2) Update Your Social Profiles – Do you have a LinkedIn profile? Is your Twitter profile up to date? Why not use the same professional-looking headshot on all of your profiles to help build your brand visually. Also, take a look to make sure you’ve updated information about recent internships or newly-held positions in campus organizations. Another tip: review your Facebook page from a recruiter’s perspective. Should anything be hidden from public view? Use your privacy settings to control who sees updates, pictures and links on your page.

3) Get Involved! Volunteer or Get a Part-Time Job – There’s no better way to gain experience now, while you’re in school, than by volunteering for an organization or getting a part-time job. Even if the work is not in your major field, you can still gain valuable leadership, organizational and team working skills.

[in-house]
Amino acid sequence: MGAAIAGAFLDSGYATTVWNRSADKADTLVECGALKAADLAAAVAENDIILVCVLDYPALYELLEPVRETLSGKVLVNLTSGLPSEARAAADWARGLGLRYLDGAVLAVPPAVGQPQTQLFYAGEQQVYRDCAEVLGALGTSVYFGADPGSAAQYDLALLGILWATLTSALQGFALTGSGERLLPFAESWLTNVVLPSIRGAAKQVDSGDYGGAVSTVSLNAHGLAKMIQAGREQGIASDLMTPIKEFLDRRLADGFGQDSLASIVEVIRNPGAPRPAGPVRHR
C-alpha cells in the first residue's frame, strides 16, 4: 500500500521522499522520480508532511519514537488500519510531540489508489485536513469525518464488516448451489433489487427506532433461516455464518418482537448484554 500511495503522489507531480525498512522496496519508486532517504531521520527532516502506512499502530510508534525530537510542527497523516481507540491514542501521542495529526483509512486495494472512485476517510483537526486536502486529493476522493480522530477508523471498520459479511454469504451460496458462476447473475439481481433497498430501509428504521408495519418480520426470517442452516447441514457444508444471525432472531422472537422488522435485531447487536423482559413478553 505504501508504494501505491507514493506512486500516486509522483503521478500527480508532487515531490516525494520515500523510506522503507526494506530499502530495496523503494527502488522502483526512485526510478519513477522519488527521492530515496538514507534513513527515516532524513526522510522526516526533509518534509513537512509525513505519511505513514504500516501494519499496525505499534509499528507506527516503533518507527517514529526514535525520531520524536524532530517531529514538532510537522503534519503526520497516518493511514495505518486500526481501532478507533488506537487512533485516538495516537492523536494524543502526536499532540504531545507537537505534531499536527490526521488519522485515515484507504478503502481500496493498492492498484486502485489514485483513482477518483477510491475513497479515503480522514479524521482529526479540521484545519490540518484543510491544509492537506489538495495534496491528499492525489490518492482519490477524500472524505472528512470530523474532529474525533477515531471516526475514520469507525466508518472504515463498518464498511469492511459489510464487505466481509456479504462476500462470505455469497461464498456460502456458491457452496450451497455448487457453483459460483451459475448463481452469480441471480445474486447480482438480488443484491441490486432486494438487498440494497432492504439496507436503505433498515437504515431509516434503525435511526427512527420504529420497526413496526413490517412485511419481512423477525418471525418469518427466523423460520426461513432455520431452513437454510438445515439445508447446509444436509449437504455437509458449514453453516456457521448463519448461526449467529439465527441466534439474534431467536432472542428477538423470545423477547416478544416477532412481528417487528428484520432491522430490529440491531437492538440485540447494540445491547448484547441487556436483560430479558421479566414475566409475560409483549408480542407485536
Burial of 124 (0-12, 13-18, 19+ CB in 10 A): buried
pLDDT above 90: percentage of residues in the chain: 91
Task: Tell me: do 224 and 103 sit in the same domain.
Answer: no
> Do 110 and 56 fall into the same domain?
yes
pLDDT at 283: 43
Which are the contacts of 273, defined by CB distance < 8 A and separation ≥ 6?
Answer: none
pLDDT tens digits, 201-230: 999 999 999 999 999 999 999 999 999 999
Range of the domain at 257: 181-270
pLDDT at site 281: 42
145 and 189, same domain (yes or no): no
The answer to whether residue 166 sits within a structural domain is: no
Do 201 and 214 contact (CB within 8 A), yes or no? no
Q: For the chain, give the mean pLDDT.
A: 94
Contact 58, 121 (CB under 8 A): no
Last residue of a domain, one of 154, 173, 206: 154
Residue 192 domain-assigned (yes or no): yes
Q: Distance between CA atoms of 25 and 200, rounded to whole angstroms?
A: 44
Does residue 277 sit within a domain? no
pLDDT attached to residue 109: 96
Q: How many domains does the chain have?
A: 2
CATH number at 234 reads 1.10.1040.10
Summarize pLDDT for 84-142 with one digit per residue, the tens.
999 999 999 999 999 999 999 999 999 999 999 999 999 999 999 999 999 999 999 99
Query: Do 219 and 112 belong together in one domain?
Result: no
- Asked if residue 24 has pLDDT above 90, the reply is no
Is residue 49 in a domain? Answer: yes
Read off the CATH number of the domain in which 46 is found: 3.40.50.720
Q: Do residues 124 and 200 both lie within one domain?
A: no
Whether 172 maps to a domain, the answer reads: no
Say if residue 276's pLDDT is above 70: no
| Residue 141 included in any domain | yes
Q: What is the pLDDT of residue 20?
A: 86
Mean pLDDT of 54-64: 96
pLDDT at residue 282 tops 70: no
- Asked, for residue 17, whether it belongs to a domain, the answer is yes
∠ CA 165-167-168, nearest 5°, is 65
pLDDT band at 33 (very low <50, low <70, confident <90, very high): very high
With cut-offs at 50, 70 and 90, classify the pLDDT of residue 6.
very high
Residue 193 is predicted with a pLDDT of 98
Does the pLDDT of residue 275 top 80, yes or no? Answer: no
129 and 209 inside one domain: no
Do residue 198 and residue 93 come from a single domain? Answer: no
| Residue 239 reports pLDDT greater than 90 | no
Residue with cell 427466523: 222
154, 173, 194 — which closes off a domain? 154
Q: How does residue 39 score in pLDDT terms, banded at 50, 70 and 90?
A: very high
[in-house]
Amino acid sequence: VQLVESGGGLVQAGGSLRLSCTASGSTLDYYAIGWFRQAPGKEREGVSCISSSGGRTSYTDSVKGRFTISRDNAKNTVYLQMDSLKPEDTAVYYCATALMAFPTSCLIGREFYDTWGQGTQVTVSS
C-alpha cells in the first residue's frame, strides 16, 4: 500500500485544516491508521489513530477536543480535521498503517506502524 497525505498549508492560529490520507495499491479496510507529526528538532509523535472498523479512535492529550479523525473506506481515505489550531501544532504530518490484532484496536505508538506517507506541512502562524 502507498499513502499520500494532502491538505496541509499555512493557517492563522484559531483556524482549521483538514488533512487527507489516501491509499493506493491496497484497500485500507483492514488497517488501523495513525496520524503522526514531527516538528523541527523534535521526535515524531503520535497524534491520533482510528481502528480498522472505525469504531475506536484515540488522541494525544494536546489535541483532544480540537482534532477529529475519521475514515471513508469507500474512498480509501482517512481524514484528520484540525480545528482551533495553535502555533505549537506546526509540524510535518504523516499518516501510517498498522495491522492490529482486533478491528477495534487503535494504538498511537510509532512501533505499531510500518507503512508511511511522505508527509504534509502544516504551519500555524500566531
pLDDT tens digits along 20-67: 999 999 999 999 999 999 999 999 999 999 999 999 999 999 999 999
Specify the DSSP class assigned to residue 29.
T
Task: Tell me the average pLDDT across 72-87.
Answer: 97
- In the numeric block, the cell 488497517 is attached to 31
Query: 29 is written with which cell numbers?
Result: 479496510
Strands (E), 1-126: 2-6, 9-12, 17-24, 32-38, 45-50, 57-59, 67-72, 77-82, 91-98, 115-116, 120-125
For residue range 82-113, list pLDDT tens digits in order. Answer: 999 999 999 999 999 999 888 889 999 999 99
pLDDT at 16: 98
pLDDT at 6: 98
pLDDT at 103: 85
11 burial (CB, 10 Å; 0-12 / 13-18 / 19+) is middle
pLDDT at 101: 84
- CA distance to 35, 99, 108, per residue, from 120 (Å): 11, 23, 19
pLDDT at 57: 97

4) Get an Internship – Ah, the coveted internship! Now’s a great time to start researching internship opportunities for the summer. The best positions are often filled early, so start looking now and formalize your summer plans.

5) Get a MentorA mentor is a person who can guide you as you develop your career plans and gain experience. He or she can connect you with others in your field, recommend classes to take or even help you find an internship, part-time job or volunteer opportunity.